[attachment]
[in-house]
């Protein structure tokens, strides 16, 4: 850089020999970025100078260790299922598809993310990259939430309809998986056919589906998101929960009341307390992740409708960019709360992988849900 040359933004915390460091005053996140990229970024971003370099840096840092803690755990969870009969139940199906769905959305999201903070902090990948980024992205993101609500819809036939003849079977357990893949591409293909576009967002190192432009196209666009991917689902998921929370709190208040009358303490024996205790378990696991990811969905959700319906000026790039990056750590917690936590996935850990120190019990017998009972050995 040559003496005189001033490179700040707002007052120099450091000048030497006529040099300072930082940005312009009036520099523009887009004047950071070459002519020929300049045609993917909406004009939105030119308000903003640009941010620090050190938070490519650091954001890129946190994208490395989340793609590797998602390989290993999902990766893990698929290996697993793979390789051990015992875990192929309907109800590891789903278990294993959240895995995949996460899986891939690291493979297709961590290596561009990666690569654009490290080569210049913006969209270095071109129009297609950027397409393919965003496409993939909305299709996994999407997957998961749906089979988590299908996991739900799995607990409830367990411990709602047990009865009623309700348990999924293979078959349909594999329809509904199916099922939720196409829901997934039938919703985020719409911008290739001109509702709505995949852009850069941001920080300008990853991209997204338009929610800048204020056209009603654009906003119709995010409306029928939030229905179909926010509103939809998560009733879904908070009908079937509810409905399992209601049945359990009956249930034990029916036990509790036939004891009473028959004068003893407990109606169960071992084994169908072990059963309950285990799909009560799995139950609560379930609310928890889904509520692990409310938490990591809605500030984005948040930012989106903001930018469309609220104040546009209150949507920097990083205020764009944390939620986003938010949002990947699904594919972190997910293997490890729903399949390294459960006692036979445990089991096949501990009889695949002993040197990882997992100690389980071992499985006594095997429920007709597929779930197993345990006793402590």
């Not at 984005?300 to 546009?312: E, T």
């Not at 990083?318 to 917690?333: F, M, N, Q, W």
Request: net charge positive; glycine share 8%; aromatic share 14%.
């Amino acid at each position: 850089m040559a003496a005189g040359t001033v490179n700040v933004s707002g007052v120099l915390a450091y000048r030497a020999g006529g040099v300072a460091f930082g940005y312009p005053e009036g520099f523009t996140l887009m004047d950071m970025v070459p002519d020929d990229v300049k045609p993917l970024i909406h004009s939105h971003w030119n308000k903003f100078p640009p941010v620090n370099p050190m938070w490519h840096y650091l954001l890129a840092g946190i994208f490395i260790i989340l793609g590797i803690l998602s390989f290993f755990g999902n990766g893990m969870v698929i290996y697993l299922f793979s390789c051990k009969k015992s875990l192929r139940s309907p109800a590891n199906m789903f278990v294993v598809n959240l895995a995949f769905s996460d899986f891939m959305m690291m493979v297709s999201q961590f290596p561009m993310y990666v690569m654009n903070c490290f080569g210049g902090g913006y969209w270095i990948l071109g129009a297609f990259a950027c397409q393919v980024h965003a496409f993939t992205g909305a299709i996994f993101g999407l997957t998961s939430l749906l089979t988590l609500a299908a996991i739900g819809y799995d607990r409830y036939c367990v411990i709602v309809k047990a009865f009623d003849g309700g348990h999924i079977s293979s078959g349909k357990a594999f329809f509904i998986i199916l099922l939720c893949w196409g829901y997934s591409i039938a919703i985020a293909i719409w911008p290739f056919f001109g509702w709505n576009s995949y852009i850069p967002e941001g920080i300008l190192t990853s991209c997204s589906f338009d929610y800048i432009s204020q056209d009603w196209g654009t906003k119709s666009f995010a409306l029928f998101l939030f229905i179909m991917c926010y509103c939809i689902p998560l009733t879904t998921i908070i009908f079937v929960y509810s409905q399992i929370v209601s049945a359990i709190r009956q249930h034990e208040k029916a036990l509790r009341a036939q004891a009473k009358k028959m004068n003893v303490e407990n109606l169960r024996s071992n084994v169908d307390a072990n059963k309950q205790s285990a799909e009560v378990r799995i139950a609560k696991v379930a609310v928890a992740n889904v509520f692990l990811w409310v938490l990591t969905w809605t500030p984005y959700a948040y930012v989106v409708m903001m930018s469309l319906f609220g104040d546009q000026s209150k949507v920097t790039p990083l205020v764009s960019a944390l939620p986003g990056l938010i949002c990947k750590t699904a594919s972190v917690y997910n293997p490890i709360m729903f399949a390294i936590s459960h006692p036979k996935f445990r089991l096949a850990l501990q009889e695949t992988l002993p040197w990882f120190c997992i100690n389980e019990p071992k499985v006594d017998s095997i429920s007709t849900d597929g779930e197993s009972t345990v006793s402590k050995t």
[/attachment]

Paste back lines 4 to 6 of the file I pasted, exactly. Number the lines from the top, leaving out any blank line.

């Not at 990083?318 to 917690?333: F, M, N, Q, W």
Request: net charge positive; glycine share 8%; aromatic share 14%.
């Amino acid at each position: 850089m040559a003496a005189g040359t001033v490179n700040v933004s707002g007052v120099l915390a450091y000048r030497a020999g006529g040099v300072a460091f930082g940005y312009p005053e009036g520099f523009t996140l887009m004047d950071m970025v070459p002519d020929d990229v300049k045609p993917l970024i909406h004009s939105h971003w030119n308000k903003f100078p640009p941010v620090n370099p050190m938070w490519h840096y650091l954001l890129a840092g946190i994208f490395i260790i989340l793609g590797i803690l998602s390989f290993f755990g999902n990766g893990m969870v698929i290996y697993l299922f793979s390789c051990k009969k015992s875990l192929r139940s309907p109800a590891n199906m789903f278990v294993v598809n959240l895995a995949f769905s996460d899986f891939m959305m690291m493979v297709s999201q961590f290596p561009m993310y990666v690569m654009n903070c490290f080569g210049g902090g913006y969209w270095i990948l071109g129009a297609f990259a950027c397409q393919v980024h965003a496409f993939t992205g909305a299709i996994f993101g999407l997957t998961s939430l749906l089979t988590l609500a299908a996991i739900g819809y799995d607990r409830y036939c367990v411990i709602v309809k047990a009865f009623d003849g309700g348990h999924i079977s293979s078959g349909k357990a594999f329809f509904i998986i199916l099922l939720c893949w196409g829901y997934s591409i039938a919703i985020a293909i719409w911008p290739f056919f001109g509702w709505n576009s995949y852009i850069p967002e941001g920080i300008l190192t990853s991209c997204s589906f338009d929610y800048i432009s204020q056209d009603w196209g654009t906003k119709s666009f995010a409306l029928f998101l939030f229905i179909m991917c926010y509103c939809i689902p998560l009733t879904t998921i908070i009908f079937v929960y509810s409905q399992i929370v209601s049945a359990i709190r009956q249930h034990e208040k029916a036990l509790r009341a036939q004891a009473k009358k028959m004068n003893v303490e407990n109606l169960r024996s071992n084994v169908d307390a072990n059963k309950q205790s285990a799909e009560v378990r799995i139950a609560k696991v379930a609310v928890a992740n889904v509520f692990l990811w409310v938490l990591t969905w809605t500030p984005y959700a948040y930012v989106v409708m903001m930018s469309l319906f609220g104040d546009q000026s209150k949507v920097t790039p990083l205020v764009s960019a944390l939620p986003g990056l938010i949002c990947k750590t699904a594919s972190v917690y997910n293997p490890i709360m729903f399949a390294i936590s459960h006692p036979k996935f445990r089991l096949a850990l501990q009889e695949t992988l002993p040197w990882f120190c997992i100690n389980e019990p071992k499985v006594d017998s095997i429920s007709t849900d597929g779930e197993s009972t345990v006793s402590k050995t």